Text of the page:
Over the past few years, large-scale language models have received a great deal of attention from researchers and the general public due to their superior capabilities. These models, such as GPT-3, can generate human-like text, converse with users, perform tasks such as summarizing text, answering questions, and even write code. There are several scenarios in which the quality of the generated text plays an important role in language model evaluation. For example, for a good user experience, users expect models to produce error-free executable code or write poetry that exhibits a certain level of creativity. Therefore a loss function is used to obtain these attributes. Most of the research so far has focused on the use of loss functions based on next token predictions or other similar criteria. However, another future research domain focuses on incorporating human feedback as a measure of performance and using that feedback as a loss for optimizing models. This idea is known as Reinforcement Learning from Human Feedback (RLHF), and several existing powerful models such as ChatGPT, GPT-4, and Claude currently employ this technique.
Adding another model to the list of successful applications of RLHF, Hugging Face researchers were trained to use RLHF in Hugging Face’s Transformer Reinforcement Learning (TRL) to answer questions from Stack Exchange. We are releasing StackLLaMA, a 7B parameter language model based on Meta’s LLaMA model. ) library. The researchers fine-tuned her original LLaMA model in Meta using a combination of three main strategies: supervised fine-tuning (SFT), reward/preference modeling (RM), and reinforcement learning. Human Feedback (RLHF). The model can be accessed here and the entire training pipeline is available as part of her TRL library.
Hugging Face researchers pointed out that RLHF is just a fine-tuning step. Determining the initial model is therefore an important preliminary step. Therefore, the researchers chose for their purposes the largest recently introduced language model developed by Meta AI, the he LLaMA model. This collection of underlying language models outperforms GPT-3 and is available with parameters ranging from 7B to 65B. The researcher decided to use he 7B parameter model for the experiment. The researchers also pointed out that good datasets play an important role in giving appropriate human feedback. In this regard, the researcher chose his StackExchange dataset. This includes his 10+ million question and answer pairs on a wide range of topics, including code snippets from StackOverflow. Another interesting feature of this dataset is that it consists of the number of upvotes and the labels of the accepted answers. This helped a lot with the reward model.
Before training a reward model and tuning it with reinforcement learning, the Hugging Face team sought to fine-tune the model for a specific domain (in their case, question-answering tasks) using causal language modeling goals. To achieve this, the team used a technique called packing to train language models on a subset of the StackExchange dataset. This efficient technique involves appending extra tokens to the end of sequences shorter than the desired length or truncating sequences longer than the desired length. The model is then trained for thousands of epochs, ending the fine-tuning step. The next step was to train the reward model. Because fine-tuning models using RLHF directly with manual annotation is very time-consuming and labor-intensive, researchers employ specific tactics that mimic the way humans evaluate text to reward them. I considered training a model. One such strategy is to predict annotations based on a particular score or binary value that indicates whether the annotation is good or bad. Since the StackExchange dataset consists of at least two answers for every question, researchers chose their preferred answer based on a specific score metric. Researchers applied this methodology to a subset of the dataset to test reward models. A final accuracy of 67% is quite commendable given how difficult it is for even a human annotator to complete the task.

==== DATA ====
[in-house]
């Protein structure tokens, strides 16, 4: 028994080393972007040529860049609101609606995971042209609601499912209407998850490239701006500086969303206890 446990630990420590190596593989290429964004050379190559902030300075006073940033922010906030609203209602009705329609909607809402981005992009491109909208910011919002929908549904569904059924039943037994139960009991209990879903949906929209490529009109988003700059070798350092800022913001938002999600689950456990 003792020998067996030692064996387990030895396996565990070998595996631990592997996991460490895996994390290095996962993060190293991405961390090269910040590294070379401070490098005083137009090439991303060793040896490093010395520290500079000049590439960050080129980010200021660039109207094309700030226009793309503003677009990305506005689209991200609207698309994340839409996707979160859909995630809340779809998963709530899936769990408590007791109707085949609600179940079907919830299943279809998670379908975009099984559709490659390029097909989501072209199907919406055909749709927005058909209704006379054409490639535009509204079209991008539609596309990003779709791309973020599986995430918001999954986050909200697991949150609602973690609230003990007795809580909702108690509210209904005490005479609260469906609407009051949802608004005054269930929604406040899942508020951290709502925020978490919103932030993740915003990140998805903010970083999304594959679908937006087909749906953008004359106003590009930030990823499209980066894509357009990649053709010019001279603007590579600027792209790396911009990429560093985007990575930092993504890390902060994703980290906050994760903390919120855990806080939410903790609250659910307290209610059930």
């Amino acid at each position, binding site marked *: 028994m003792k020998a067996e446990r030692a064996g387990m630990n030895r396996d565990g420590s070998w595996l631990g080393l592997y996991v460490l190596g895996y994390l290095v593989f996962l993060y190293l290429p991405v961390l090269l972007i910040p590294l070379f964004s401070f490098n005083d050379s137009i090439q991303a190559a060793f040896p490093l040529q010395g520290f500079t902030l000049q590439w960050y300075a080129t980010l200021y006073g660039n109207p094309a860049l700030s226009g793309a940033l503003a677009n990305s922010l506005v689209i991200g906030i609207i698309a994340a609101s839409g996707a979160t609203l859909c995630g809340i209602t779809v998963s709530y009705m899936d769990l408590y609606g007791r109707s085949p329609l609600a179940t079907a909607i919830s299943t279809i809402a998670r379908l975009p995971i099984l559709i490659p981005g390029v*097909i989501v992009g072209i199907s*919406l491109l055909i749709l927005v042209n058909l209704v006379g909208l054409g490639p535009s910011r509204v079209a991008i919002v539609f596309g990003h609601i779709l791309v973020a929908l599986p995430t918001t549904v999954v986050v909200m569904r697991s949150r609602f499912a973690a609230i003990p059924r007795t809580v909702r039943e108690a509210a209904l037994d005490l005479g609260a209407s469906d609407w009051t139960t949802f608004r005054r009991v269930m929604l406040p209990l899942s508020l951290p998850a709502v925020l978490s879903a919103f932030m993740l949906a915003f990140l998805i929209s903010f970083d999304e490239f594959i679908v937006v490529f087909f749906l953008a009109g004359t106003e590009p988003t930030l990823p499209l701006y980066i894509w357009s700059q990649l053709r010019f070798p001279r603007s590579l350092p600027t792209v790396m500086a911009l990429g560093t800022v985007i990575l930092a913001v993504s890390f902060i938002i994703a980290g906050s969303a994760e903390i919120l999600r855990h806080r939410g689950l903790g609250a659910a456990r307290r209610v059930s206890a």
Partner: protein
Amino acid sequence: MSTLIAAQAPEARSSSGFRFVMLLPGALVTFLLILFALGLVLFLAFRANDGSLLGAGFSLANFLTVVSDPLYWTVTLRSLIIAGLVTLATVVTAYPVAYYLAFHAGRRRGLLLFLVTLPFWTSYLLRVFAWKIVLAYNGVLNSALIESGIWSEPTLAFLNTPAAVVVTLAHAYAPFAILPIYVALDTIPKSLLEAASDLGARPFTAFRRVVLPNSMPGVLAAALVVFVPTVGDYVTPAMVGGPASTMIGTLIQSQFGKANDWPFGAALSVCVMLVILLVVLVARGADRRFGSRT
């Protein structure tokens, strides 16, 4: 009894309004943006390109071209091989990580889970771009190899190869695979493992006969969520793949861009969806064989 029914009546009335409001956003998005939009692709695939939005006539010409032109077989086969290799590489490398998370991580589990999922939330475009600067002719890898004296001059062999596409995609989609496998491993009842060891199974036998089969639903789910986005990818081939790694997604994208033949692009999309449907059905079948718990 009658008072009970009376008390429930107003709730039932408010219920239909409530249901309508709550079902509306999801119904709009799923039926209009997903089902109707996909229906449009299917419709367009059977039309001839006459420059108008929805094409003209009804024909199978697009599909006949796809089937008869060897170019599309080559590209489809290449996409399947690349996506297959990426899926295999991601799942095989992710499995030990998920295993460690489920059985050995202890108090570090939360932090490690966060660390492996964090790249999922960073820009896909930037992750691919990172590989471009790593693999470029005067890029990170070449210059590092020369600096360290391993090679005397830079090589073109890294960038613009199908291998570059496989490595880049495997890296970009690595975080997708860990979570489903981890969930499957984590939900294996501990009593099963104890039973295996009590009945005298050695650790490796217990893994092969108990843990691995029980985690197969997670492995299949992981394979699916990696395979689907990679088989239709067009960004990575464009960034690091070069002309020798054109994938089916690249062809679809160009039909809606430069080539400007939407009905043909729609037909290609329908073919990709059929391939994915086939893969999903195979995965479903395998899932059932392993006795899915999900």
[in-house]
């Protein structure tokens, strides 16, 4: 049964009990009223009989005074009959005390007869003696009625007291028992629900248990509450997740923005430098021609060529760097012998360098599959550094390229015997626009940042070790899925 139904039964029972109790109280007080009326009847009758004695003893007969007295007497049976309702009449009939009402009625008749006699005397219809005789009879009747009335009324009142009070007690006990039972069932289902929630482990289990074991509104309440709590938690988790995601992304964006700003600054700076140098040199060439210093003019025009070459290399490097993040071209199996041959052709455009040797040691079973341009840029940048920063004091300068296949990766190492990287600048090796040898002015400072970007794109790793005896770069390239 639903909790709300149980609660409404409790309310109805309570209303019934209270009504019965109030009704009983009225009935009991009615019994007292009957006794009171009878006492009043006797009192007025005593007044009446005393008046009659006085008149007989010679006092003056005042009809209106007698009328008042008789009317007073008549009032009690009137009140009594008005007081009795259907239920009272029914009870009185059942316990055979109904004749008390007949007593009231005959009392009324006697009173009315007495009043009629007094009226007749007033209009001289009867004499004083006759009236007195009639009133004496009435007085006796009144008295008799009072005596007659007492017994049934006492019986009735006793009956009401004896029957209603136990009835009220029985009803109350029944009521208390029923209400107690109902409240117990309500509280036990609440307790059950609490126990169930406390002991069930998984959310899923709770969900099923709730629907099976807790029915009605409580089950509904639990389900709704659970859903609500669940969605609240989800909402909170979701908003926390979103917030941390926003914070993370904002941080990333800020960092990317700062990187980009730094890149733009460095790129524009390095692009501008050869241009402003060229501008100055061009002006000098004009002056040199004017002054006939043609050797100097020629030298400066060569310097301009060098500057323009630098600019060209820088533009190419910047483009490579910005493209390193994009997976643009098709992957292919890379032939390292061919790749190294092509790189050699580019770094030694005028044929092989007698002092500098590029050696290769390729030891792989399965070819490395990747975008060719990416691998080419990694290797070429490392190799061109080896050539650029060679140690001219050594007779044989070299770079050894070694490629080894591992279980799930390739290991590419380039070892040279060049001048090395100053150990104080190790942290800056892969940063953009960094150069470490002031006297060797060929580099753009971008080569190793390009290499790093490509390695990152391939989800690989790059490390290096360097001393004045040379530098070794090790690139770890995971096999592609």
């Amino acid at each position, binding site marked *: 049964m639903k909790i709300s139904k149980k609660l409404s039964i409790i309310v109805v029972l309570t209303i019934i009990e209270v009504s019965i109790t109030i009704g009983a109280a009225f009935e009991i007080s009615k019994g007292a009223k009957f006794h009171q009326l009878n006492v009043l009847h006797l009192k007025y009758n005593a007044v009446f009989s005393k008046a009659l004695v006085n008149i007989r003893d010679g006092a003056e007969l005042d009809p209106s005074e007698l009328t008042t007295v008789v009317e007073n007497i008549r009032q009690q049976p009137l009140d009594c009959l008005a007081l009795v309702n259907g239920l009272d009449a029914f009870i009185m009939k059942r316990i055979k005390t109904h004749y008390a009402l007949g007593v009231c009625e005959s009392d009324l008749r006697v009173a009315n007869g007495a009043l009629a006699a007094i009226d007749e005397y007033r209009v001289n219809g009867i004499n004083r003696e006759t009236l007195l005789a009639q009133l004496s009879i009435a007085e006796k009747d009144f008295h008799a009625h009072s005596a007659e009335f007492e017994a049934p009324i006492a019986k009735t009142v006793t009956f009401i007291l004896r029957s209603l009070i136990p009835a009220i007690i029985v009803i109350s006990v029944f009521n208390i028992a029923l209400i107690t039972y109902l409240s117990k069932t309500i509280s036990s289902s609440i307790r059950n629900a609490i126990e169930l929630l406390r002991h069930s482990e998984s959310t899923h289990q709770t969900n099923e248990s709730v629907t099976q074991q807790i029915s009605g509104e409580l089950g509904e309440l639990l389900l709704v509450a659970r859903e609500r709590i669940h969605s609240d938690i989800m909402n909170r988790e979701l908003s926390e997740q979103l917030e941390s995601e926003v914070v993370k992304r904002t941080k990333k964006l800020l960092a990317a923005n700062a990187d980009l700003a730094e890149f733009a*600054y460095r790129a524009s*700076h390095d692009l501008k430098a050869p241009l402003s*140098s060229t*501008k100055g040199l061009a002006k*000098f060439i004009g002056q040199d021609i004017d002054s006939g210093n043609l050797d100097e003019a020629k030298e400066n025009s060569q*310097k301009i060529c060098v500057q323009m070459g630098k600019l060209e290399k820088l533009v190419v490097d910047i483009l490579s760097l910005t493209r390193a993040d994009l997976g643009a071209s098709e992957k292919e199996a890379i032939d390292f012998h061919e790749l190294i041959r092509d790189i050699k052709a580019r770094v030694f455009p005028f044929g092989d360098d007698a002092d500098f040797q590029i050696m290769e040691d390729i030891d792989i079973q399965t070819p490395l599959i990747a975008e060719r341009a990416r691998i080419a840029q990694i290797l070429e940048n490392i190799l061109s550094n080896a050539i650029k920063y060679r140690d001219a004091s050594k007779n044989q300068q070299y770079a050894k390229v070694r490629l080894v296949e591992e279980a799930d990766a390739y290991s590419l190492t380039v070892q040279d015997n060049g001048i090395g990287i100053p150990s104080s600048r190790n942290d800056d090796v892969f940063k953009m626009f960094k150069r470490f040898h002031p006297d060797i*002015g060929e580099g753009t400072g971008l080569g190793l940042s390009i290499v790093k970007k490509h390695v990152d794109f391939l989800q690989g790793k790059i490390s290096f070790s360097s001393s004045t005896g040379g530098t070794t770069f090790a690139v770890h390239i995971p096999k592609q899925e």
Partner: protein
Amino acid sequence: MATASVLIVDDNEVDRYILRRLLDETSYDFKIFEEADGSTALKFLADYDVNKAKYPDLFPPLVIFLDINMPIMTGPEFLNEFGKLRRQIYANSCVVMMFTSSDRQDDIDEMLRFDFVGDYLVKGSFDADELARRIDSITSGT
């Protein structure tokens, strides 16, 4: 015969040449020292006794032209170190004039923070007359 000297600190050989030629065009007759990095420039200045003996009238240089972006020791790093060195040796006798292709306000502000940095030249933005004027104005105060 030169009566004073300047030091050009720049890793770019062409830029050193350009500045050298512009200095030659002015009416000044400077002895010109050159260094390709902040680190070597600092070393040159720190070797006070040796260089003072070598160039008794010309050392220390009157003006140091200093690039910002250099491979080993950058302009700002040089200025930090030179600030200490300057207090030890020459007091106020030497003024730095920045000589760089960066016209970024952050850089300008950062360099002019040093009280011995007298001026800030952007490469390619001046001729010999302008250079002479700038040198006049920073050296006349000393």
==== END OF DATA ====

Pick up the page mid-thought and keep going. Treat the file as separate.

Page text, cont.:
With the fine-tuned language model and reward model in hand, the final step the researchers took was to run the RL loop. This procedure can be summarized in three main stages: generating responses from prompts, evaluating responses using a reward model, and using the evaluations to perform an optimization step in a reinforcement learning policy. Based on previous work on training language models using RL, we observed that models can learn to exploit reward models by generating complete gibberish. This causes the reward model to allocate high rewards. To combat this, the researchers added a penalty to the reward. No problem.
In a nutshell, the Hugging Face researchers’ work consists of creating a human-annotated dataset, fitting a language model to the domain, training a reward model, and finally using RL to train the model. can be summarized as training StackLLaMA is his main stepping stone in the RLHF world, but this model is far from perfect. There are some ongoing issues that the Hugging Face team is working hard to resolve. For example, occasional spikes in losses that lead to model instability. The model is now open for educational and research purposes on his RLHF and TRL libraries. The team also explicitly states that prompts typed into the app are collected in order to further fine-tune the model. must refrain.
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Khushboo Gupta is a consulting intern at MarktechPost. She is currently pursuing her B.Tech at the Indian Institute of Technology (IIT), Goa. She has her passions in the fields of machine learning, natural language processing, and her web development. She enjoys learning more about the technical field by participating in some challenges.